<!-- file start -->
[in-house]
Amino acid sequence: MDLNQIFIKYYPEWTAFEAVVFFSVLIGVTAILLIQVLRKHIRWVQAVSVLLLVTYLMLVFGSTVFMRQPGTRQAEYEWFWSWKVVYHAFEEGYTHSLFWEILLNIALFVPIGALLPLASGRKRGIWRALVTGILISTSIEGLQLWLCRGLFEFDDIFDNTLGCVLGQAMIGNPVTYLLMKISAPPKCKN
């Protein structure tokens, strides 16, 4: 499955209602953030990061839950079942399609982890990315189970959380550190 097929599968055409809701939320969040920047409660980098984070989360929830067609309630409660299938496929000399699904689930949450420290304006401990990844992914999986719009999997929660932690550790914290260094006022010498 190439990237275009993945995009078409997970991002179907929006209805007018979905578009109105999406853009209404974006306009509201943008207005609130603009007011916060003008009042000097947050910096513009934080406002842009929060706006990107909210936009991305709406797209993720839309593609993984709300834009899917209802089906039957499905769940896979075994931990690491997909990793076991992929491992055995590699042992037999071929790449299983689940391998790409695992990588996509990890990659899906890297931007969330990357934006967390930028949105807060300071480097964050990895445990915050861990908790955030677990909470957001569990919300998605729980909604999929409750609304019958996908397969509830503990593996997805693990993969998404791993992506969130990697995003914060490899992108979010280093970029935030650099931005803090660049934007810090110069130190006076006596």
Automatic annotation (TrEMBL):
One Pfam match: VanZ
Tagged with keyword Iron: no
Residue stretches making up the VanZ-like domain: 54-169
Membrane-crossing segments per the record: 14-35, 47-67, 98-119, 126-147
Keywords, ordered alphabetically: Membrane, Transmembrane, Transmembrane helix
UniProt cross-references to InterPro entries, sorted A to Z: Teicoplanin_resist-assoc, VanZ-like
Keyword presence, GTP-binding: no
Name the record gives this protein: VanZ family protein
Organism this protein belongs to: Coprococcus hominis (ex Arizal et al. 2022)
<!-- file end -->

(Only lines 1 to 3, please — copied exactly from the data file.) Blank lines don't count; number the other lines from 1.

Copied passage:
[in-house]
Amino acid sequence: MDLNQIFIKYYPEWTAFEAVVFFSVLIGVTAILLIQVLRKHIRWVQAVSVLLLVTYLMLVFGSTVFMRQPGTRQAEYEWFWSWKVVYHAFEEGYTHSLFWEILLNIALFVPIGALLPLASGRKRGIWRALVTGILISTSIEGLQLWLCRGLFEFDDIFDNTLGCVLGQAMIGNPVTYLLMKISAPPKCKN
């Protein structure tokens, strides 16, 4: 499955209602953030990061839950079942399609982890990315189970959380550190 097929599968055409809701939320969040920047409660980098984070989360929830067609309630409660299938496929000399699904689930949450420290304006401990990844992914999986719009999997929660932690550790914290260094006022010498 190439990237275009993945995009078409997970991002179907929006209805007018979905578009109105999406853009209404974006306009509201943008207005609130603009007011916060003008009042000097947050910096513009934080406002842009929060706006990107909210936009991305709406797209993720839309593609993984709300834009899917209802089906039957499905769940896979075994931990690491997909990793076991992929491992055995590699042992037999071929790449299983689940391998790409695992990588996509990890990659899906890297931007969330990357934006967390930028949105807060300071480097964050990895445990915050861990908790955030677990909470957001569990919300998605729980909604999929409750609304019958996908397969509830503990593996997805693990993969998404791993992506969130990697995003914060490899992108979010280093970029935030650099931005803090660049934007810090110069130190006076006596």